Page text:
in business to advise you about how good your theory is? Why is it always pseudoscience when it disagrees with established 'facts' and why does that
'pseudoscience' so often supplant the good science over a number of years? Why deny the fact that all new ideas , to say nothing of current
'facts' that allows for modern consumer appliances, would have been considered 'pseudoscience' two hundred years ago? Why was plate tectonics
laughed at for fifty years running? Why did Saturn have to be bombarded by a broken up comet before scientist started to admit that cataclysmic
asteroid impact happens often enough to be observed by intelligence? Why did they stupidly believe that impact craters are the basins of volcanoes of
times gone by? I could go on for pages and pages but you probably wont get the point that the majority of scientist have always tended to get it wrong
as they are human and despite the supposed 'rigors' can't seem to do anything other but worship one or another consensus as achieved by apparently
not so rigorous methods.
As for Feynman maybe you don't want to quote him given his analysis of just how full of holes quantum theory is?
If you think quantum theory is BS, then why are you using a computer, since if that were the case, your computer wouldn’t work
You are once again confusing engineering with science! You do NOT have to understand how a device 'physical' works to replicate it and make use of
it and the fact that quantum physics doesn't make sense goes a long way to pointing out how do not have to understand a device to make it work in
Here is a good summary of the foundation problems in quantum theory.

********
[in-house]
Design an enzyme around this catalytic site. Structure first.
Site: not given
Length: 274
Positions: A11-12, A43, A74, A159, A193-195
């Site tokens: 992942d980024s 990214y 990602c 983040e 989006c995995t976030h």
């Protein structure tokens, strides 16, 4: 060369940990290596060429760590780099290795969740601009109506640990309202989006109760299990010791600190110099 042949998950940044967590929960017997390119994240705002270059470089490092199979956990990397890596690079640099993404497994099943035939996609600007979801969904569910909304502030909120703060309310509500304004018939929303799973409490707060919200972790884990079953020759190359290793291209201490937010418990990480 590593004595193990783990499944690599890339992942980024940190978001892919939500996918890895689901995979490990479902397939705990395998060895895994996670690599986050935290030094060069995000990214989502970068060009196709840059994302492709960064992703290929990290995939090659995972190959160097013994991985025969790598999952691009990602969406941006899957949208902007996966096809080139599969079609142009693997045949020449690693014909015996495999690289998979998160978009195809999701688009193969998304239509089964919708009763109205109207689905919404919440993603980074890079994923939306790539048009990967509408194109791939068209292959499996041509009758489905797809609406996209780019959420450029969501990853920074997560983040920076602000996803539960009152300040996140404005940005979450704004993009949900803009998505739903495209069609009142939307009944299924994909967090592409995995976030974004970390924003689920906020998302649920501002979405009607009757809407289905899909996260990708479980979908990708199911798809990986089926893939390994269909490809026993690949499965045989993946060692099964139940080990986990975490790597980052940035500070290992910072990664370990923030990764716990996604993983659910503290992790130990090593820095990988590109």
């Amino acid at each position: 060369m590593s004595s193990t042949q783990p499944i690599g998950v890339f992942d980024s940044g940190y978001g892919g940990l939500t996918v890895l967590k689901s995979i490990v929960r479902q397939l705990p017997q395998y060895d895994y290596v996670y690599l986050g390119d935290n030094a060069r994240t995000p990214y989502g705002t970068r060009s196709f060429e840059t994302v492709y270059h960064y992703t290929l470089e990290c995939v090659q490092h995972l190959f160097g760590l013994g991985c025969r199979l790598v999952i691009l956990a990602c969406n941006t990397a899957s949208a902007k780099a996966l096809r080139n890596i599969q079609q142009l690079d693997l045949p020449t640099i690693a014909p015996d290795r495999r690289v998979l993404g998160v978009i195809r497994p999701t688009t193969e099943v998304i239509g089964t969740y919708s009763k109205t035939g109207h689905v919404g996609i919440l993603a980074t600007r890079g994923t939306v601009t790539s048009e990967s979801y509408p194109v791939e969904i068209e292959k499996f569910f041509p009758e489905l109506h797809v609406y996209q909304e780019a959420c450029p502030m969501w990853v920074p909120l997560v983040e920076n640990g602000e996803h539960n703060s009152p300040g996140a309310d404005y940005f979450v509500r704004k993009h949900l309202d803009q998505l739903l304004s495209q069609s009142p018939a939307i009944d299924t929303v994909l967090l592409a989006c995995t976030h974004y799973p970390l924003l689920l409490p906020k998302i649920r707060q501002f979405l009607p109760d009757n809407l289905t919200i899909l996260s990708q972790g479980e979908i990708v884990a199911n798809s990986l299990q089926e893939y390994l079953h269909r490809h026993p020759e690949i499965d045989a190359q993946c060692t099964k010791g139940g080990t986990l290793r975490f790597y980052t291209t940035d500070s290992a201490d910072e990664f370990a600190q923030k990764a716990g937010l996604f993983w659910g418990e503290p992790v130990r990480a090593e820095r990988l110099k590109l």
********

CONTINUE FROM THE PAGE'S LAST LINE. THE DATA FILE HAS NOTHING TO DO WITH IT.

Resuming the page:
If quantum theory was wrong, semiconductors wouldn’t work.
Semiconductors work because they do; to use such as evidence for one theory or another patently ludicrous and not rigorous in the least. Are you now
going to argue that the ancient Babylonians knew about electricity, electrons and quantum theory because they managed to make batteries?
In just the same way we don't presume a 6 year old ( or for that matter a 70 year old) working on a computer to require any understanding of the
underlying physics, that makes it's functioning possible, we should not presume that the THEORIES derived , or presented as explanation, to have any
ultimate bearing towards determining ultimate objective truths. If you wish to do that your not approaching in a scientific fashion and since that
seems to be the way the majority of scientists do it we are left with the the conclusion that the majority of scientist arrives at their self serving
conclusions because they are not even following the few outlines normally agreed to represent the scientific method.
Even Quantum electrodynamics produces prediction that are about as accurate as getting the distance of L.A. and New York correct down to the
length of a human hair.
But how do we really know that? I mean to what are we comparing the result? Tape measures? So there are more than one way to determine that distance
down the length of a human hair?